While the policy remains incomplete, there have been some signs that the efforts are already bringing effect. According to the Vulnerability Index on Central Europe, the Czech Republic now ranks the second least vulnerable state after Poland. Yet, despite the Czech disinformation community clearly being the most advanced and established compared to other Central European states, major challenges remain, especially in light of upcoming parliamentary elections as well as presidential election in January 2018.

The effectiveness of pro-Kremlin forces in Prague is a result of the Czech president’s loud pro-Putin support as well as the fact that key disinformation-spreading groups have developed a working business model, raising an estimated one million euros in annual revenue from online advertisements alone. Moreover, the Czech Republic has also been a springboard to some Russian intelligence activities, considering the fact that 130-150 personnel held diplomatic posts in Prague in recent years, a number overwhelmingly large when compared to others in the region.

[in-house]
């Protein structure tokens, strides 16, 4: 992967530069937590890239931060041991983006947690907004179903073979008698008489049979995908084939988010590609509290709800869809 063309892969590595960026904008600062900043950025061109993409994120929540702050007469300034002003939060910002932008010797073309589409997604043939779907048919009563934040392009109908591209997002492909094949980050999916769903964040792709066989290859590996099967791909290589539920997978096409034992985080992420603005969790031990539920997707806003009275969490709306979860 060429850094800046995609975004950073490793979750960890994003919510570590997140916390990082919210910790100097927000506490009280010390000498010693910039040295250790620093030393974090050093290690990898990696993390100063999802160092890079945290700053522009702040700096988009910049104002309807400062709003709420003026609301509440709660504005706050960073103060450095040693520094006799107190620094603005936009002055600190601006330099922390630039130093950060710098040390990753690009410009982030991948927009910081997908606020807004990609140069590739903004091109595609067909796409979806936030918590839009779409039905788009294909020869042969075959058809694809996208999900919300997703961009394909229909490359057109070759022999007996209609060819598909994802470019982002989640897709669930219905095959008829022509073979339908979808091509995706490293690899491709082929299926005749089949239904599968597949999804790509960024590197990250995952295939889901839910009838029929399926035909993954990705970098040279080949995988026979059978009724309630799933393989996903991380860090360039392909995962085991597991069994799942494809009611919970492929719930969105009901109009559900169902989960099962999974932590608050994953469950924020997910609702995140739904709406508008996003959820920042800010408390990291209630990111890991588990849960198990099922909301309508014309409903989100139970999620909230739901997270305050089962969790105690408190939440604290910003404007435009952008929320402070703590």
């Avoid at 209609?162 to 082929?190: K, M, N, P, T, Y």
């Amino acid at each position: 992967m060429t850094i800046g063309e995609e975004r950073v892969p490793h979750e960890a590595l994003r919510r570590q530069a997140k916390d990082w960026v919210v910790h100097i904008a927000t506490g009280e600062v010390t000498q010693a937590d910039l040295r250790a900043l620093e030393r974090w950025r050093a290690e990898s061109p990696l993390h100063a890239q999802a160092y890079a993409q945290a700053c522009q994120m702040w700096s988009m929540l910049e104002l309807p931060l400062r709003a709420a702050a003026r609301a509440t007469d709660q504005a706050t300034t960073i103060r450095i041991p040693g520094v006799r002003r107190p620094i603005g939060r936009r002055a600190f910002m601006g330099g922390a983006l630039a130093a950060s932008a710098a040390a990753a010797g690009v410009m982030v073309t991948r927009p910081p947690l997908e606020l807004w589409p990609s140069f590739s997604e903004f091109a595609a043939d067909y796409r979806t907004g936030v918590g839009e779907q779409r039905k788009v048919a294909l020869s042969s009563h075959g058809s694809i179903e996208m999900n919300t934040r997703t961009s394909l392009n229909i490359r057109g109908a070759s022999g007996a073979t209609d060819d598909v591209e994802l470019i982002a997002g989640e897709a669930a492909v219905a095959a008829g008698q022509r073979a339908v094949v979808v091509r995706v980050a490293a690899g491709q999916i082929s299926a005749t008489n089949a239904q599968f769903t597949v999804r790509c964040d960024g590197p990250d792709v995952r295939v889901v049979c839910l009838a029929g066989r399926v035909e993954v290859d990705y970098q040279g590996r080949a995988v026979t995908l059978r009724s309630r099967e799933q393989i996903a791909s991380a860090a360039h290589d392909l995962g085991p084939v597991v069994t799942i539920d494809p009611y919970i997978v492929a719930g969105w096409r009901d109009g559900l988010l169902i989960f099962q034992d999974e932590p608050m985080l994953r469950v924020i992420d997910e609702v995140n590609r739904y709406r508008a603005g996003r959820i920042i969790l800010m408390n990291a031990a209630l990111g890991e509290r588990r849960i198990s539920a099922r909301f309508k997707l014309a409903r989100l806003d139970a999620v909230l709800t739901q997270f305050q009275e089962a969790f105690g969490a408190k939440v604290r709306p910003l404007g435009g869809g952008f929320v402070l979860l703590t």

President Zeman is constitutionally a ceremonial figure, yet, his informal political influence remains significant. Zeman is the pivot patron of Russian (and also Chinese) influence in the country which makes it clear whom the Kremlin and its proxies will probably support in the presidential election in January 2018. Zeman supports the local pro-Putin disinformation community, systematically spreading Putin messages about Ukraine or Syria, attacking the government’s efforts to push back against Russian influence in the country, serving as the Kremlin’s loyal ally in the Russian media space and openly mocking the work of Czech intelligence agencies.